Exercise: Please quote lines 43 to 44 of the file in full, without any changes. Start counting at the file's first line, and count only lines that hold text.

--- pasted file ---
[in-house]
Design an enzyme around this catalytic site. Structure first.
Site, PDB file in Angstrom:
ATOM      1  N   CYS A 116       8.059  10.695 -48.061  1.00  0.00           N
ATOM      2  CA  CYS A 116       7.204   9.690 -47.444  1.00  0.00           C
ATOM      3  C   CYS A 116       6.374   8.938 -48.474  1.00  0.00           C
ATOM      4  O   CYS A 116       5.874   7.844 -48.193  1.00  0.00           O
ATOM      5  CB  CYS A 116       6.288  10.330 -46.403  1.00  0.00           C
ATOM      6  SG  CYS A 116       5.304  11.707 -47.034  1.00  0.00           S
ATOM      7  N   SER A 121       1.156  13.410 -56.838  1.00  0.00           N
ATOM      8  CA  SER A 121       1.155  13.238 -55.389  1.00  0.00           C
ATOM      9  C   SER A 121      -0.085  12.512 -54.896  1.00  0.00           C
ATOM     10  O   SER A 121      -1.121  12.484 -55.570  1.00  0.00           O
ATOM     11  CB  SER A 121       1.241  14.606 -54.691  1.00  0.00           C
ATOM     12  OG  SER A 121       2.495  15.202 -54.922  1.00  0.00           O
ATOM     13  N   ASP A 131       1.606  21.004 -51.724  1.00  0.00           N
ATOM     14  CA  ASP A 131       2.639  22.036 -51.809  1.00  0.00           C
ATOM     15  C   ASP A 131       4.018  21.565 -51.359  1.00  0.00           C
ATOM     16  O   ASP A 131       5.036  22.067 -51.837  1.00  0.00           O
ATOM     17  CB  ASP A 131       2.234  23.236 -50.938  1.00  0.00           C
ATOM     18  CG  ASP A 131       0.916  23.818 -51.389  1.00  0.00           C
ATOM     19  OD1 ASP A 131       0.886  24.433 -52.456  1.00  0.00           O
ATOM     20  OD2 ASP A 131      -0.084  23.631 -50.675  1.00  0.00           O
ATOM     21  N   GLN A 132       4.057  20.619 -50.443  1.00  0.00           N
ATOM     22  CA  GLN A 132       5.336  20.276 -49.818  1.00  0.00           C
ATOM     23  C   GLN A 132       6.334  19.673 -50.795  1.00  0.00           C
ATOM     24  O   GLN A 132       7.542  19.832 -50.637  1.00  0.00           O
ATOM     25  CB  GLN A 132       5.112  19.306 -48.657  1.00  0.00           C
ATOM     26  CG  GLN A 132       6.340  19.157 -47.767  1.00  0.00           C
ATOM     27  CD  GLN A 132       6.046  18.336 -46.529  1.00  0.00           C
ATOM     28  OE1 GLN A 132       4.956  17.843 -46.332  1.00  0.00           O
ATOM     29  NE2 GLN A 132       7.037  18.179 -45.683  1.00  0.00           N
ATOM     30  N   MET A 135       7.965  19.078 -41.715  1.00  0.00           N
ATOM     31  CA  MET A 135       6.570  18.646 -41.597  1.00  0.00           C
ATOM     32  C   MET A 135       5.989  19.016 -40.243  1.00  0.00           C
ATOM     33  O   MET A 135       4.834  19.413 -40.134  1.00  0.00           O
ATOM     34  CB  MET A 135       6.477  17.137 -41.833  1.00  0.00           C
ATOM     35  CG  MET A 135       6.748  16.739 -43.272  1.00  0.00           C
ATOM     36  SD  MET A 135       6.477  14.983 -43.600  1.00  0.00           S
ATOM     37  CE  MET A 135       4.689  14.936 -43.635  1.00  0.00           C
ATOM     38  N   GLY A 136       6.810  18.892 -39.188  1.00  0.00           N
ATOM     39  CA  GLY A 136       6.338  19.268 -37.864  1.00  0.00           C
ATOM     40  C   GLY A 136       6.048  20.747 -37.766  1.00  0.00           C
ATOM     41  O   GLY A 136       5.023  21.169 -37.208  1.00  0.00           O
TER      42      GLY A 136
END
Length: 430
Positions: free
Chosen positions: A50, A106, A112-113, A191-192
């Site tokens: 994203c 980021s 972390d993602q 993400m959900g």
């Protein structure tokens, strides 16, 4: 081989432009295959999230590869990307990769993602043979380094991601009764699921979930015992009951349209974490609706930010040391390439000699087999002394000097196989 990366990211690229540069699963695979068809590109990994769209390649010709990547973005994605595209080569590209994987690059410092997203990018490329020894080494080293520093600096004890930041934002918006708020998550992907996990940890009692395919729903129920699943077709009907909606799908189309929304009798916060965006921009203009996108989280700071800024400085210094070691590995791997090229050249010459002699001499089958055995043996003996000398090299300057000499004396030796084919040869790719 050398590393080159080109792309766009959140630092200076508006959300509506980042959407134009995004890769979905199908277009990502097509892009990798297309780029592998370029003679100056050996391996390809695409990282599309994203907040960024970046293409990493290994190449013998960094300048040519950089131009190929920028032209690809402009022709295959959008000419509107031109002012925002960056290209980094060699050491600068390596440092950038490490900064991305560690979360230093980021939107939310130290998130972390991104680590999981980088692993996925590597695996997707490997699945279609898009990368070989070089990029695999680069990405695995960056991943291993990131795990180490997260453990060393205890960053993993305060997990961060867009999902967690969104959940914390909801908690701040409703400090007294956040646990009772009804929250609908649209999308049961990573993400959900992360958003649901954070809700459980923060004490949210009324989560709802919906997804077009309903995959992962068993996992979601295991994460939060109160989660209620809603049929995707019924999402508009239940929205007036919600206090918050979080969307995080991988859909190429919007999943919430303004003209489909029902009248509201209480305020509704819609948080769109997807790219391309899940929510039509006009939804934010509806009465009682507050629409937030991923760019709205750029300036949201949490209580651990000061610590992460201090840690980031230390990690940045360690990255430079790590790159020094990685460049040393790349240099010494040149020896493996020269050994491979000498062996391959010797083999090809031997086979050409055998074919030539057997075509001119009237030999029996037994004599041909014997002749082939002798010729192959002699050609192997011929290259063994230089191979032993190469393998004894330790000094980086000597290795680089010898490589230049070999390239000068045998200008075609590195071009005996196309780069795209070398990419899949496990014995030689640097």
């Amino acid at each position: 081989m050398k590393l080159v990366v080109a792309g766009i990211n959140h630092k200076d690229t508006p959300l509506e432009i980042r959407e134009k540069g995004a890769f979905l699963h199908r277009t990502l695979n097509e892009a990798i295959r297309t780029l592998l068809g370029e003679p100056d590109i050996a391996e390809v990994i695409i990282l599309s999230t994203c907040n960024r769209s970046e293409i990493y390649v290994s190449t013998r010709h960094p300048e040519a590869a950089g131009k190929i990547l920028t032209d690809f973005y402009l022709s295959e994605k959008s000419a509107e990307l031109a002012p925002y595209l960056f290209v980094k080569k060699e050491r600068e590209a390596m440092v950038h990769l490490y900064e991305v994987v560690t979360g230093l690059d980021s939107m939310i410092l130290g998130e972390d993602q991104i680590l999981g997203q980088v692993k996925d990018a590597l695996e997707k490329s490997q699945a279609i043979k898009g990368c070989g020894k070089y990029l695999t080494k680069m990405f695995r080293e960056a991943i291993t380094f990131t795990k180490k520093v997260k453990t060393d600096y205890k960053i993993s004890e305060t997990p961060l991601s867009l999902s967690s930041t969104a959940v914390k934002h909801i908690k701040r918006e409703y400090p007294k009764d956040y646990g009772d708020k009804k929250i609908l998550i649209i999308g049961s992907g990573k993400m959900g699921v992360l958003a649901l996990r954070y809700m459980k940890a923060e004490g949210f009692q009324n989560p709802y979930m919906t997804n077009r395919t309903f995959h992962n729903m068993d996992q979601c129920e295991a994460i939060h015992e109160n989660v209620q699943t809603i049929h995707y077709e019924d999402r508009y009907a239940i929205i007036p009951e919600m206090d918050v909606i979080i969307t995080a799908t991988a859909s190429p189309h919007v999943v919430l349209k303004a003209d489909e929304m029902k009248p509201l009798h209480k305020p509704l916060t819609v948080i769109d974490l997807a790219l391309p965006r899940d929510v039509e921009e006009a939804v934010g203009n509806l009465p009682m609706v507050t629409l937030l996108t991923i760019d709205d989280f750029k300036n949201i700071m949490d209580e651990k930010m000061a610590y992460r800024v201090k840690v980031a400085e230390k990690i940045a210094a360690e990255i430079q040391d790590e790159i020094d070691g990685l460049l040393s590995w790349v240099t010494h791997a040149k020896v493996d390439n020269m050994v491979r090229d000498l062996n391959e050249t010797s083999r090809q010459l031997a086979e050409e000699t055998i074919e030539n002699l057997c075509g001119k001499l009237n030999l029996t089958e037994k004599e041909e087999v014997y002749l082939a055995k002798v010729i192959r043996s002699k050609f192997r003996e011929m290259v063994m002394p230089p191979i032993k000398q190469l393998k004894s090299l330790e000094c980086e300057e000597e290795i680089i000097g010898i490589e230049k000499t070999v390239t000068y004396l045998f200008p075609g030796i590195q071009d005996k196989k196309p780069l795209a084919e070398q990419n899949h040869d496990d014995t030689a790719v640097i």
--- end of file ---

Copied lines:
ATOM     40  C   GLY A 136       6.048  20.747 -37.766  1.00  0.00           C
ATOM     41  O   GLY A 136       5.023  21.169 -37.208  1.00  0.00           O